There were 271 palliative medicine physicians employed in Australia in 2018, 0.8% or about 1 in 130 of all employed medical specialists. In addition, there were 5 paediatric palliative care specialists in Australia in 2018 (MBA 2019). These paediatric specialists are not included in the numbers presented here.

In 2018, 62.7% of employed palliative medicine physicians were female. This was almost double the proportion seen for all medical specialists (33.1%). The proportion of palliative medicine physicians aged over 55 was higher for males than females (48.5% of males and 24.7% of females).

Palliative medicine physicians worked on average 38.3 total hours per week in 2018, which was less than the average weekly hours for all employed medical specialists (43.1 hours). Average clinical hours were 29.7 per week which was also less than that of all employed specialists (35.9). Female palliative medicine physicians worked on average 36.4 total hours per week and males worked on average 41.4 total hours per week. Average hours worked varied by jurisdiction, ranging from 35.0 hours per week for South Australia to 43.2 hours per week in the Australian Capital Territory.

Nationally, there were 1.0 FTE (0.8 clinical FTE) palliative medicine physicians per 100,000 population in 2018. The rate of FTE palliative medicine physicians per 100,000 population across states and territories ranged from 0.8 in Victoria to 1.9 in the Northern Territory (Figure WK.1).

More than 8 in 10 (83.2%) FTE palliative medicine physicians worked mainly in Major cities during 2018. 1 in 10 (10.3%) worked in Inner regional areas and 1 in 20 (5.0%) worked in Outer regional areas. Taking into account differences in population sizes for each remoteness area, the FTE per 100,000 population for palliative medicine physicians was highest in Remote areas (1.3 FTE), followed by Major cities (1.2 FTE).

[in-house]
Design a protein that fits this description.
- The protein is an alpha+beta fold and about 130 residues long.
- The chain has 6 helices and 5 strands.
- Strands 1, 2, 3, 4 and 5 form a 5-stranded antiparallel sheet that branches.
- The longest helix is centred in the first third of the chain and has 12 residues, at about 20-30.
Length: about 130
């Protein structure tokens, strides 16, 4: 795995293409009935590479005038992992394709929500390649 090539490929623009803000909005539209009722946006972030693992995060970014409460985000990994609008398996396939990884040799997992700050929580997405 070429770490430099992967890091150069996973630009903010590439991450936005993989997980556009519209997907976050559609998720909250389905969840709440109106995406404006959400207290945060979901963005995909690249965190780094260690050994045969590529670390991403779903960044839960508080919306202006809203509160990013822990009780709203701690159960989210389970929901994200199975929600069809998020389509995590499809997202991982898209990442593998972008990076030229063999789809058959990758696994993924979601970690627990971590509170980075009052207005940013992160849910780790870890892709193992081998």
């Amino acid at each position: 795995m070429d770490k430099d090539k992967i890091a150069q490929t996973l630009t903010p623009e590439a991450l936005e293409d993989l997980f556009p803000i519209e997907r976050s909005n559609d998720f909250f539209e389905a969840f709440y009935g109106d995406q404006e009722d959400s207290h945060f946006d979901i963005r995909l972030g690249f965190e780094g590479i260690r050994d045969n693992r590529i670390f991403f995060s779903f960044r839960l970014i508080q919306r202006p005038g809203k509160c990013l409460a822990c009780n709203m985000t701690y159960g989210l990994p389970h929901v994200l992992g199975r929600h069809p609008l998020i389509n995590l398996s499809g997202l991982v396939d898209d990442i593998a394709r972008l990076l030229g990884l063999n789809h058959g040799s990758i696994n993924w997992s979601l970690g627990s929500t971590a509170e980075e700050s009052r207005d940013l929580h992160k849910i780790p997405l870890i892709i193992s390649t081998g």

There were 246 (90.8%) employed palliative medicine physicians mainly working as clinicians in 2018. About 7 in 10 (70.1% or 190) were employed in a hospital setting, followed by 26 (9.6%) in other community health care services and 19 (7.0%) in outpatient services.

Vertical bar chart showing the rate per 100,000 population of Full Time Equivalent (FTE) and clinical FTE employed palliative medicine physicians in Australia by state and territory. New South Wales FTE 1.1, clinical FTE 0.9; Victoria FTE 0.8, clinical FTE 0.6; Queensland FTE 1.0, clinical FTE 0.8; Western Australia FTE 1.1, clinical FTE 0.9; South Australia FTE 1.0, clinical FTE 0.8; Tasmania FTE 1.7,clinical FTE 1.3; Australian Capital Territory FTE 1.3, clinical FTE 0.9; Northern Territory FTE 1.9, clinical FTE 1.7; Total FTE 1.0, clinical FTE 0.8. Refer to Table Wk.3.

Source: Palliative care workforce tables (299KB XLSX)

Palliative care physicians over time

Between 2013 and 2018, there was a 48.1% increase in the number of employed palliative medicine physicians. For population rates of employed palliative medicine physicians over time, there has been an increase from 0.8 FTE (0.6 clinical FTE) per 100,000 population in 2013 to 1.0 FTE (0.8 clinical FTE) in 2018.

Palliative care nurses

There were 3,528 palliative care nurses employed in Australia in 2018, 1.1% or 1 in 95 of all employed nurses.